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Under WEST II, cash is collected in a restricted account, which is used to service the debt and any remaining amounts, after debt service and defined expenses, are distributed to the Company. Additionally, a portion of maintenance reserve payments and all lease security deposits are accumulated in restricted accounts and are available to fund future maintenance events and to secure lease payments, respectively. Cash from maintenance reserve payments are held in the restricted cash account equal to the maintenance obligations projected for the subsequent six months, and are subject to a minimum balance of $9.0 million.

On September 28, 2012, we closed on a loan for a five year term totaling $8.7 million. Interest is payable monthly at a fixed rate of 5.50% and principal is paid quarterly. The loan is secured by one engine. The funds were used to purchase the engine secured under the loan. The balance outstanding on this loan is $8.4 million and $8.6 million as of June 30, 2013 and December 31, 2012, respectively.

On September 30, 2011, we closed on a loan for a three year term totaling $4.0 million. Interest is payable at a fixed rate of 3.94% and principal and interest is paid monthly. The loan is secured by our corporate aircraft. The funds were used to refinance the loan for our corporate aircraft. The balance outstanding on this loan is $1.7 million and $2.3 million as of June 30, 2013 and December 31, 2012, respectively.

On January 11, 2010, we closed on a loan for a four year term totaling $22.0 million, the proceeds of which were used to pay down our revolving credit facility. Interest is payable at a fixed rate of 4.50% and principal and interest is paid quarterly. The loan is secured by three engines. The balance outstanding on this facility is $16.5 million and $17.3 million as of June 30, 2013 and December 31, 2012, respectively.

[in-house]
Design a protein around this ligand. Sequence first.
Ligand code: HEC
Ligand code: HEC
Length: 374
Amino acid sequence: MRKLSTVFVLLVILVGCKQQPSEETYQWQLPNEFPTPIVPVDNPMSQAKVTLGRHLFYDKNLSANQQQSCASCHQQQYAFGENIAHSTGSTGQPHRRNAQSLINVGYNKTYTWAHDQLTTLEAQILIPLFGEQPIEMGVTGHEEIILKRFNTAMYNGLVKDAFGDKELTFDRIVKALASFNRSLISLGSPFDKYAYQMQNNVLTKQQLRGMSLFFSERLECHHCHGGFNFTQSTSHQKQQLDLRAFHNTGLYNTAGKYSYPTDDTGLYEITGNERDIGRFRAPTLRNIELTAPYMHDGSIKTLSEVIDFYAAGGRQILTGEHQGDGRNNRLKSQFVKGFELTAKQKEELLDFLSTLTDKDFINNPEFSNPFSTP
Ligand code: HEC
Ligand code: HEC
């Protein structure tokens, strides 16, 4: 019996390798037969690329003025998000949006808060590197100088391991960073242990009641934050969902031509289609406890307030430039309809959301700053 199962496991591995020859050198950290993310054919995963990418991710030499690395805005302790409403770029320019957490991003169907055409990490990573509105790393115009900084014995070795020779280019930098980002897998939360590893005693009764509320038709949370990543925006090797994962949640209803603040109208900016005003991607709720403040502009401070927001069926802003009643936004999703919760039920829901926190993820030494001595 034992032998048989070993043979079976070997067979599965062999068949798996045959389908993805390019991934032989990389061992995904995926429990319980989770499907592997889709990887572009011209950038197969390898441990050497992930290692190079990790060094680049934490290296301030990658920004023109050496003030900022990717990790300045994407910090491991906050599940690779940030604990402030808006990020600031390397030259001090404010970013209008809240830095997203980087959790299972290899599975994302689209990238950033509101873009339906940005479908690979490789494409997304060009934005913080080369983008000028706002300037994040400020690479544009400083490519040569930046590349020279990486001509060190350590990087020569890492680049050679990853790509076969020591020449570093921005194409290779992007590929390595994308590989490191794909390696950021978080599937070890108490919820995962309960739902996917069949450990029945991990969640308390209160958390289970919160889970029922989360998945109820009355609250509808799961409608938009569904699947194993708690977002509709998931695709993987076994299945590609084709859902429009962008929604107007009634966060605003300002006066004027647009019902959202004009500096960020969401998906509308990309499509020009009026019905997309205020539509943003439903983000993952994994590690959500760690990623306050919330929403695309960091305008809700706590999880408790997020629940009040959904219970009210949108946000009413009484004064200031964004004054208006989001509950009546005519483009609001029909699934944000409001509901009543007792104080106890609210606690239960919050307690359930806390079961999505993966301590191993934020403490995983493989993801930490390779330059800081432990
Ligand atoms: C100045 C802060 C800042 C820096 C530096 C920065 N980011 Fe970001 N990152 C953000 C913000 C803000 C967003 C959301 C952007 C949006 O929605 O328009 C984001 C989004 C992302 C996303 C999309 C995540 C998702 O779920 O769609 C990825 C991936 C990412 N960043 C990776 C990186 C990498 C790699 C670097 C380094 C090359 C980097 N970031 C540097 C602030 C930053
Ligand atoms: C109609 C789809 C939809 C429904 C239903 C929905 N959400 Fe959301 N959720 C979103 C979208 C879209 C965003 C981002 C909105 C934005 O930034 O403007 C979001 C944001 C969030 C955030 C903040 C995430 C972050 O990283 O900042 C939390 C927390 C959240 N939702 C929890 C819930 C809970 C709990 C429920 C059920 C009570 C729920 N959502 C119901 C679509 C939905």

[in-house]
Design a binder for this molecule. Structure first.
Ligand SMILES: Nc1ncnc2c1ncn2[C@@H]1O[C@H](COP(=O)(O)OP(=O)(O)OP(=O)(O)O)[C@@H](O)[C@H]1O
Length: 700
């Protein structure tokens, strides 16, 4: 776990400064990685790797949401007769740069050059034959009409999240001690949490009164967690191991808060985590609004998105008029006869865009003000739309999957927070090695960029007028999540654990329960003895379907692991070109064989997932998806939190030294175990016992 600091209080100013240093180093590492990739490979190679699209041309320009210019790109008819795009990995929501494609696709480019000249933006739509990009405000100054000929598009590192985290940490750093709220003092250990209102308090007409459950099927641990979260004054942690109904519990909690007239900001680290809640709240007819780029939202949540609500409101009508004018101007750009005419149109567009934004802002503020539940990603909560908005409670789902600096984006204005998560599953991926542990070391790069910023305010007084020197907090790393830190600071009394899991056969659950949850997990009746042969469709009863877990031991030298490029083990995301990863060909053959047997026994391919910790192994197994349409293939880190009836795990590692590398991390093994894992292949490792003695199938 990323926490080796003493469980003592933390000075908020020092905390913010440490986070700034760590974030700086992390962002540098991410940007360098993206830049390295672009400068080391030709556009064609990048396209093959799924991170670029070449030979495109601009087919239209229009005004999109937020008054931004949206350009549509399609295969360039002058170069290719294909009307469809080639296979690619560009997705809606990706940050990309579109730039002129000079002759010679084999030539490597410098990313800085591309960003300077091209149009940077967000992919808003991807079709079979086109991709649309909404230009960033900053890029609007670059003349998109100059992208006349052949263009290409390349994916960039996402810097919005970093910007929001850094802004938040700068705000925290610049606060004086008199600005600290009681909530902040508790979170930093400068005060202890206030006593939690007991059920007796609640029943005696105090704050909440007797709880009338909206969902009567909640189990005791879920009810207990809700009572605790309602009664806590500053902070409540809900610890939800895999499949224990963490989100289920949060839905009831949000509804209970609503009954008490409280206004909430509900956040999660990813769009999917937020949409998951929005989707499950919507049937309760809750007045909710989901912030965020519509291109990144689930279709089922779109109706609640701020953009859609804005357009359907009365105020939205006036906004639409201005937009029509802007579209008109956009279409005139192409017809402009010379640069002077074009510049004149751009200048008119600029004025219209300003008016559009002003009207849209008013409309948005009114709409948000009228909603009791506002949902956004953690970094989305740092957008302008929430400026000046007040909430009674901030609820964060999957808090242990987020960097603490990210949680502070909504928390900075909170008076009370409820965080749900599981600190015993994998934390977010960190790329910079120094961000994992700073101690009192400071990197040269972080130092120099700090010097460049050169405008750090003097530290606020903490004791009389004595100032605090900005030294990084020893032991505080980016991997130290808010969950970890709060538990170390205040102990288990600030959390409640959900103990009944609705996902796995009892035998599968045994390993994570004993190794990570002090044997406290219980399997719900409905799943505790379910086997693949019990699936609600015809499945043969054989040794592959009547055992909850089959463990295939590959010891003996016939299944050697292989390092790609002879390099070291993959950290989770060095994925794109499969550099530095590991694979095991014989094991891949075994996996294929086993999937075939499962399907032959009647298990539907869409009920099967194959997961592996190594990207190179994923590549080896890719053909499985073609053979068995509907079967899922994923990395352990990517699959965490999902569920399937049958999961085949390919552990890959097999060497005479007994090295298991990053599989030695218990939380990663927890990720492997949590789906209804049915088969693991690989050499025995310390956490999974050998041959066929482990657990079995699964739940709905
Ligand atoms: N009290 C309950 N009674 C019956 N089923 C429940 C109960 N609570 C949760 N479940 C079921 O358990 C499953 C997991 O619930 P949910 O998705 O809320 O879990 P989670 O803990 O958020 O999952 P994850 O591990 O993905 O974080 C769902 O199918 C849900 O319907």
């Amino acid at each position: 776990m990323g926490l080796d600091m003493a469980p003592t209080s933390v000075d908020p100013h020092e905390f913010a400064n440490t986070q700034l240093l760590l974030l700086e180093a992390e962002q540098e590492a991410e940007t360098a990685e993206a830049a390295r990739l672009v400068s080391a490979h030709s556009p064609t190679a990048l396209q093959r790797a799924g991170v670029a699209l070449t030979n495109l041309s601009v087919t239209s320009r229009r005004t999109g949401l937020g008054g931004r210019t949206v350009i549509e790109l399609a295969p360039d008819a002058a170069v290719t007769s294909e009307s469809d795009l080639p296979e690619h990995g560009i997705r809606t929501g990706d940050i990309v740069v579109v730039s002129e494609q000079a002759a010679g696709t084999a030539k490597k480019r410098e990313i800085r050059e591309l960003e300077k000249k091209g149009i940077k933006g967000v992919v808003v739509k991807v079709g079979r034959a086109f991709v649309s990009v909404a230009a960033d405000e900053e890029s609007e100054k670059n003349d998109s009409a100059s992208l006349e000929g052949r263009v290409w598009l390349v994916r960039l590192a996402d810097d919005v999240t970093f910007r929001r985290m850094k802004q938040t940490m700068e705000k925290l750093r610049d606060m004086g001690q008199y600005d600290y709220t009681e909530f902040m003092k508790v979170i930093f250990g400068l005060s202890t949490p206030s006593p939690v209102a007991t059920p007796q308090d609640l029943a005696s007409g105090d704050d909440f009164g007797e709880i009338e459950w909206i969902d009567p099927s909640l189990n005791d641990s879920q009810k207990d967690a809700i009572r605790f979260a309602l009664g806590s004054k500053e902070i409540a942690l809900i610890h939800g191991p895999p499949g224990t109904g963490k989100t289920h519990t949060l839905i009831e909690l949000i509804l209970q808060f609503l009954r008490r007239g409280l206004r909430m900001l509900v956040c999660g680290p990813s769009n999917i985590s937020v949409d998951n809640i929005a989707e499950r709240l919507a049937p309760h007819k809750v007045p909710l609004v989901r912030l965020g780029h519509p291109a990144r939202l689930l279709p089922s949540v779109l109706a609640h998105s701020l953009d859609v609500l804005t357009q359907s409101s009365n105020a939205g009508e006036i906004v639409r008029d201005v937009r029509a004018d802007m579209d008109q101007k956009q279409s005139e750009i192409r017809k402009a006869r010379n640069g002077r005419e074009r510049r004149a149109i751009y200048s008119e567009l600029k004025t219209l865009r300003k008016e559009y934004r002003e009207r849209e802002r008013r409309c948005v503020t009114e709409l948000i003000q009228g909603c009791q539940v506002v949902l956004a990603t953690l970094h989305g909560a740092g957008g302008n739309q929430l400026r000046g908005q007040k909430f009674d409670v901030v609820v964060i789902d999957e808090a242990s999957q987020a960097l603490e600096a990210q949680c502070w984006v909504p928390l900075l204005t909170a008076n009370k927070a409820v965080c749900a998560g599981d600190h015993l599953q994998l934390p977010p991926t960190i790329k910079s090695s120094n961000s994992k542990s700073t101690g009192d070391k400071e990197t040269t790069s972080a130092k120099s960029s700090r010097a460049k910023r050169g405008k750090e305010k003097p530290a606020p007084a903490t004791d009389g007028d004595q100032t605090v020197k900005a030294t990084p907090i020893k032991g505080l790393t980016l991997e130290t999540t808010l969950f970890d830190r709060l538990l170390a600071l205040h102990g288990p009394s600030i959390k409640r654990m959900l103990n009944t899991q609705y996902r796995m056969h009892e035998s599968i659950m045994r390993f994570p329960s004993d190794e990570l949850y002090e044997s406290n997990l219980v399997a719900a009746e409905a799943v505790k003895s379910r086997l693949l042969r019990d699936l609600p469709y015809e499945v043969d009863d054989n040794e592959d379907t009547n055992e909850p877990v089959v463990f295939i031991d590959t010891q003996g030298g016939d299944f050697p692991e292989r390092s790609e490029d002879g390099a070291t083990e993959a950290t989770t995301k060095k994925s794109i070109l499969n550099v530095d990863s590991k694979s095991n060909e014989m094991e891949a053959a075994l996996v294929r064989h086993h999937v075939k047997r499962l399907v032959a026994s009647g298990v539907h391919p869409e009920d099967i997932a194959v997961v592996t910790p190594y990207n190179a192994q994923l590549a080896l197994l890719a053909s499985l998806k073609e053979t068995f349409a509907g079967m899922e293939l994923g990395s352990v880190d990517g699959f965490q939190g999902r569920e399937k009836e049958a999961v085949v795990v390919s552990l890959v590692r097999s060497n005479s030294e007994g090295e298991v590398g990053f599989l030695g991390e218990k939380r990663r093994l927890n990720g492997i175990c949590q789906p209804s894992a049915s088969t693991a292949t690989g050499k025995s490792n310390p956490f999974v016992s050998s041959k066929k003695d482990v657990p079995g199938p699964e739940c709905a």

At June 30, 2013 and December 31, 2012, we had revolving credit facilities totaling $450.0 million and $430.0 million, respectively. At June 30, 2013, and December 31, 2012, respectively, $111.0 million and $148.0 million were available under these facilities.

As of June 30, 2013 and 2012, one-month LIBOR was 0.19% and 0.25%, respectively.

Virtually all of the above debt is subject to our ongoing compliance with the covenants of each financing, including debt/equity ratios, minimum tangible net worth and minimum interest coverage ratios, and other eligibility criteria including customer and geographic concentration restrictions. In addition, under these facilities, we can typically borrow 70% to 83% of an engine's net book value and approximately 70% of spare part's net book value. Therefore we must have other available funds for the balance of the purchase price of any new equipment to be purchased or we will not be permitted to draw on these facilities. The facilities are also cross-defaulted against other facilities. If we do not comply with the covenants or eligibility requirements, we may not be permitted to borrow additional funds and accelerated payments may become necessary. Additionally, much of the above debt is secured by engines to the extent that engines are sold, repayment of that portion of the debt could be required.

At June 30, 2013, we are in compliance with the covenants specified in the revolving credit facility Credit Agreement, including the Interest Coverage Ratio requirement of at least 2.50 to 1.00, and the Total Leverage Ratio requirement to remain below 4.75 to 1.00. At June 30, 2013, the Company's calculated Minimum Consolidated Tangible Net Worth exceeded the minimum required amount of $190.6 million. As defined in the revolving credit facility Credit Agreement, the Interest Coverage Ratio is the ratio of Earnings before Interest, Taxes, Depreciation and Amortization and other one-time charges (EBITDA) to Consolidated Interest Expense and the Total Leverage Ratio is the ratio of Total . . .